U.S. businesses are being destroyed faster than they’re being created – crowdspring.co/Rr3vPY

With IPO Hopes Fading, Square And Box Face Reality Of Commodity Products | TechCrunch – crowdspring.co/1rWbako

The Collaborative Economy Raises Over $800m In One Month | by Jeremiah Owyang – crowdspring.co/1j0IXIT

Mark Zuckerberg on Facebook’s Future, From Virtual Reality to Anonymity | WIRED – crowdspring.co/1rWbCzf

“The sharing economy is on a path to reinvent our economy, our culture and the way we live and work.” – crowdspring.co/1j0HTod

Words of wisdom from Bonobos: don’t hire for experience – crowdspring.co/1nQ25Mo

socialmediablog

21 Digital Marketing Trends & Predictions for 2015 – crowdspring.co/1rTXJ4A

NY Times: 57% Of Online Video Ads Unviewable – crowdspring.co/1mzrq9u

10 ways to fix the unseen video ad problem | Digiday – crowdspring.co/SEBENl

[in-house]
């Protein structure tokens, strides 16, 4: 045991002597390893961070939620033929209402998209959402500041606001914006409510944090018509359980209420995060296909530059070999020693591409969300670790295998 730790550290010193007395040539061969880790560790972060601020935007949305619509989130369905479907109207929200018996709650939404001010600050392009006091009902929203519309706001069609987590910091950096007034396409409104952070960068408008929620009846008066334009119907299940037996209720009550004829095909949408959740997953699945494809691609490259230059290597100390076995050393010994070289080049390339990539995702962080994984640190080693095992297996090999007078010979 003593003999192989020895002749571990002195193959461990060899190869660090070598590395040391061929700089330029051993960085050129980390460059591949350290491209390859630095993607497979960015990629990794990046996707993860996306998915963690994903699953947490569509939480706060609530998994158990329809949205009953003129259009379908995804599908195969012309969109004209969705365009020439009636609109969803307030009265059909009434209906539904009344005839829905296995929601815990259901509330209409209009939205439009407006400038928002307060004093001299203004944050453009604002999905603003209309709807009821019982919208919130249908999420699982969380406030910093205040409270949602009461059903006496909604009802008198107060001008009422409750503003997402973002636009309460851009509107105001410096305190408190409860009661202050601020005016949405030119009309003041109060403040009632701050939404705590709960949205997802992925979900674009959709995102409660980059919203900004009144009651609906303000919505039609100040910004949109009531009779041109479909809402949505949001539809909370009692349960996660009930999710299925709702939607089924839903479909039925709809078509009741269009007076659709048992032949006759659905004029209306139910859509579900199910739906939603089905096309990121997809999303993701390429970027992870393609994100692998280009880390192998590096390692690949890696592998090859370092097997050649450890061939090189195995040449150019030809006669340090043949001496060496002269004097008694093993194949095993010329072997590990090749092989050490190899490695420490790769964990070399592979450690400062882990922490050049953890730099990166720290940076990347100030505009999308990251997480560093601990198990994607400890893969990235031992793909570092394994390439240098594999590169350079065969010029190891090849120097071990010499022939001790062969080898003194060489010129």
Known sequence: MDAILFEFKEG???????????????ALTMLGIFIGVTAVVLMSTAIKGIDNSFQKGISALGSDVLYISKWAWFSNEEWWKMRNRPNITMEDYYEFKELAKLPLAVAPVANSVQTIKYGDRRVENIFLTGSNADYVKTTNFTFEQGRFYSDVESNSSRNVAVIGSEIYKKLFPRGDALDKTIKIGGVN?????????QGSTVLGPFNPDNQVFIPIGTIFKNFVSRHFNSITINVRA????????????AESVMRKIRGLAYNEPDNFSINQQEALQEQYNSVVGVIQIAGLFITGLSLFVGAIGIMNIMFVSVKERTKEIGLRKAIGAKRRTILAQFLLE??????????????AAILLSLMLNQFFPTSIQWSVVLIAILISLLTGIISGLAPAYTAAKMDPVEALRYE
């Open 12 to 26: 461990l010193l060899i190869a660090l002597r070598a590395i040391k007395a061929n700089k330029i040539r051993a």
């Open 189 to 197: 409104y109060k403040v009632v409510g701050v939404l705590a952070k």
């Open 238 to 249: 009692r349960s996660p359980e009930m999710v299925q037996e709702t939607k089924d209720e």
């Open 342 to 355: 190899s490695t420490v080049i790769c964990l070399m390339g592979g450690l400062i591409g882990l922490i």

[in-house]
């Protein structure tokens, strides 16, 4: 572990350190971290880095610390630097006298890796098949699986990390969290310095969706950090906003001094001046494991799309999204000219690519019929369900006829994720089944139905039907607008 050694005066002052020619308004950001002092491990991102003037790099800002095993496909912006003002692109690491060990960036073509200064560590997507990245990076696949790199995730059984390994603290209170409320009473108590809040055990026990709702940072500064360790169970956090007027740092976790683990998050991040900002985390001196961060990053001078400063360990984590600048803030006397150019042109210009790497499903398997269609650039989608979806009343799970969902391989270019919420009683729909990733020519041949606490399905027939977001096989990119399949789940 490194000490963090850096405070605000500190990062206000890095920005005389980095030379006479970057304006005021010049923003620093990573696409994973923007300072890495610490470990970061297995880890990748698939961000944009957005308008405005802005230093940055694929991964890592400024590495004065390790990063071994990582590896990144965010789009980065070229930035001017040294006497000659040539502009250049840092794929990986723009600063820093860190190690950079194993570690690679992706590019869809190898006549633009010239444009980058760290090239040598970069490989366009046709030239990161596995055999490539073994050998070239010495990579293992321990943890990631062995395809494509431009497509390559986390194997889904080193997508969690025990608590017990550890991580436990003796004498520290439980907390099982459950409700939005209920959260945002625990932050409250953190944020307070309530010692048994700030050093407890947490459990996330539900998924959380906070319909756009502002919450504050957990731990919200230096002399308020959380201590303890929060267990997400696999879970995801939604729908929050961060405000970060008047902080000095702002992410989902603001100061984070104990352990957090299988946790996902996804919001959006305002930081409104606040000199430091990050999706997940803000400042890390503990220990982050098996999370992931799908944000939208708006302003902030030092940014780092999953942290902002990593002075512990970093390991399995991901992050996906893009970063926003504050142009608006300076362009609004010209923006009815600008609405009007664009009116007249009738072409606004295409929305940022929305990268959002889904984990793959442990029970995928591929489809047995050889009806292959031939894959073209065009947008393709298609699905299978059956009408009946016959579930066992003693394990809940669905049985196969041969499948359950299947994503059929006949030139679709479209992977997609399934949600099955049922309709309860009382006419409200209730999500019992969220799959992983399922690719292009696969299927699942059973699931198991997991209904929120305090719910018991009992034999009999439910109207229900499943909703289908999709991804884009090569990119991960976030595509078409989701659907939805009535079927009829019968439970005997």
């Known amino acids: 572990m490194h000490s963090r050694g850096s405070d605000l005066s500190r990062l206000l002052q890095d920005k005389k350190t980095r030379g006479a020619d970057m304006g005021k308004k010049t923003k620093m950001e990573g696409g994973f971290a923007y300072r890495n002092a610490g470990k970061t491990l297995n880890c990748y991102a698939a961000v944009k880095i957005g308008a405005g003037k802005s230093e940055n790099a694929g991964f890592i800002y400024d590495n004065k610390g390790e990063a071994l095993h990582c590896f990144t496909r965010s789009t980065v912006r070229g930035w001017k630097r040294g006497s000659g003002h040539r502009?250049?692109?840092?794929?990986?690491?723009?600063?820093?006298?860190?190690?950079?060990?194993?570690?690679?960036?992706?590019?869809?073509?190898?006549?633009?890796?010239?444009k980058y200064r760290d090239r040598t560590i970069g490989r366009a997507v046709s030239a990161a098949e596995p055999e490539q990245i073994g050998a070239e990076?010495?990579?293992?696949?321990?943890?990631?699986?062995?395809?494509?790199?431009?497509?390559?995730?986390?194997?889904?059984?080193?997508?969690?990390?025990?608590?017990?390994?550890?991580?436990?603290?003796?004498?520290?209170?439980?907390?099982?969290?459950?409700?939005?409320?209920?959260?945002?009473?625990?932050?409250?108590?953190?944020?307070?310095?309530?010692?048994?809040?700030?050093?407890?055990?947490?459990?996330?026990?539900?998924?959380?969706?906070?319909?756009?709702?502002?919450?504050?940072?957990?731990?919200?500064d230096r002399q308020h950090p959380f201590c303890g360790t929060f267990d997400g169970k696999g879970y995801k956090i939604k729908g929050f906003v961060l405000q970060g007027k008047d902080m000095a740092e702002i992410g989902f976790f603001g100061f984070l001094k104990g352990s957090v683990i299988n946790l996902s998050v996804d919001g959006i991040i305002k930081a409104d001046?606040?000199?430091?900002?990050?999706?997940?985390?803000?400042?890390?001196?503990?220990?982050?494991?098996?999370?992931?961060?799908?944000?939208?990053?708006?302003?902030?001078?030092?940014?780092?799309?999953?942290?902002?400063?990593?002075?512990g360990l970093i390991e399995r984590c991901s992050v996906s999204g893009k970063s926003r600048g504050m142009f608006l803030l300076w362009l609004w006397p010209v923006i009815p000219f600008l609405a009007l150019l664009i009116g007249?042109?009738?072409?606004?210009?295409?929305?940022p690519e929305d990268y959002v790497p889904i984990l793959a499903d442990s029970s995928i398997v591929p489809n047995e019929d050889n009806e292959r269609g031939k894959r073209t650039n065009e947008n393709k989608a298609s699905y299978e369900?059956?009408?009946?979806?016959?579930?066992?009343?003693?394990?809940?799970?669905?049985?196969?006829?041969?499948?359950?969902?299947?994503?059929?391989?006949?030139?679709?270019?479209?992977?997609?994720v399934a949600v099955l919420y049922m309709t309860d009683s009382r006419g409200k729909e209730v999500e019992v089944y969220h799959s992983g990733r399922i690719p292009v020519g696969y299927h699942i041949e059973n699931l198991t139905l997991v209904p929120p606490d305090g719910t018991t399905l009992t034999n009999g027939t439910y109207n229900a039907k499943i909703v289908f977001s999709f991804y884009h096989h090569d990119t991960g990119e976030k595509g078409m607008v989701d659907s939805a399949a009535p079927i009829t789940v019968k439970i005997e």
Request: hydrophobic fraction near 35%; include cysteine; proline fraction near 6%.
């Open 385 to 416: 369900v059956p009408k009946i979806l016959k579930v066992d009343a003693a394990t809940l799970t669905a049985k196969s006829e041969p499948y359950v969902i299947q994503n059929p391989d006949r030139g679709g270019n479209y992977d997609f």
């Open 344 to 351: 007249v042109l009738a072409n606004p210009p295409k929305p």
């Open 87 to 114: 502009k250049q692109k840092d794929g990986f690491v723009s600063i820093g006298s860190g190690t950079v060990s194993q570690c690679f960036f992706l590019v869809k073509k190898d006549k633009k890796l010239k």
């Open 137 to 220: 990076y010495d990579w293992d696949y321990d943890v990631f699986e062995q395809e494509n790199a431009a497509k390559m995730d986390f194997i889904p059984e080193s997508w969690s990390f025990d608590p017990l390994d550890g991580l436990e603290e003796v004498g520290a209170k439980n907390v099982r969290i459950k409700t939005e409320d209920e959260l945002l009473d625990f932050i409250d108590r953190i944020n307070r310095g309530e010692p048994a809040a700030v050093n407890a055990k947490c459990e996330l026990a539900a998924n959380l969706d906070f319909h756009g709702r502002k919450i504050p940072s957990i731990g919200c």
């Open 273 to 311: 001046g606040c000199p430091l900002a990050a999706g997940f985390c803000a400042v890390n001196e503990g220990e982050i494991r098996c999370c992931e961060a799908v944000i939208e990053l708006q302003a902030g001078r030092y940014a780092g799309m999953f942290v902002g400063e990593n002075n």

Why It’s Time To Re-Think Real-Time | by David Armano – crowdspring.co/1s04die

The Answer to the Organic Reach vs Advertising Problem on Social Media Channels – crowdspring.co/1rTUmdM

Why Users Aren’t Clicking Your Home Page Carousel | UX Movement – crowdspring.co/1nQ1J8r

Why the social networks are falling apart | Computerworld by Mike Elgan – crowdspring.co/1mAjDIB

designblog

Typography Lovers Rejoice: Font Town Offers More Than 30,000 Free Fonts | noupe – crowdspring.co/1jfIt19

23 Inspiringly Beautiful Portfolio Designs – crowdspring.co/1mVP03W

Read the rest of this post »

Raising the Minimum Wage: Why it Matters to Small Business Mike | May 5th, 2014

In his new book, Capital in the Twenty-First Century, Thomas Piketty argues that the gap between the wealthiest members of our society and the poorest has widened significantly over the past decade. Much of this increasing discrepancy is accounted for by the global recession that began in 2008, but much of the blame lies with the policy-makers in the world’s great capitols. For much of the past 6 years, governments responded to the rise in unemployment by instituting austerity measures that did little to reduce the effects of the recession but, it can be argued, actually made the problem worst by magnifying the reduction in demand that led to a downward spiral.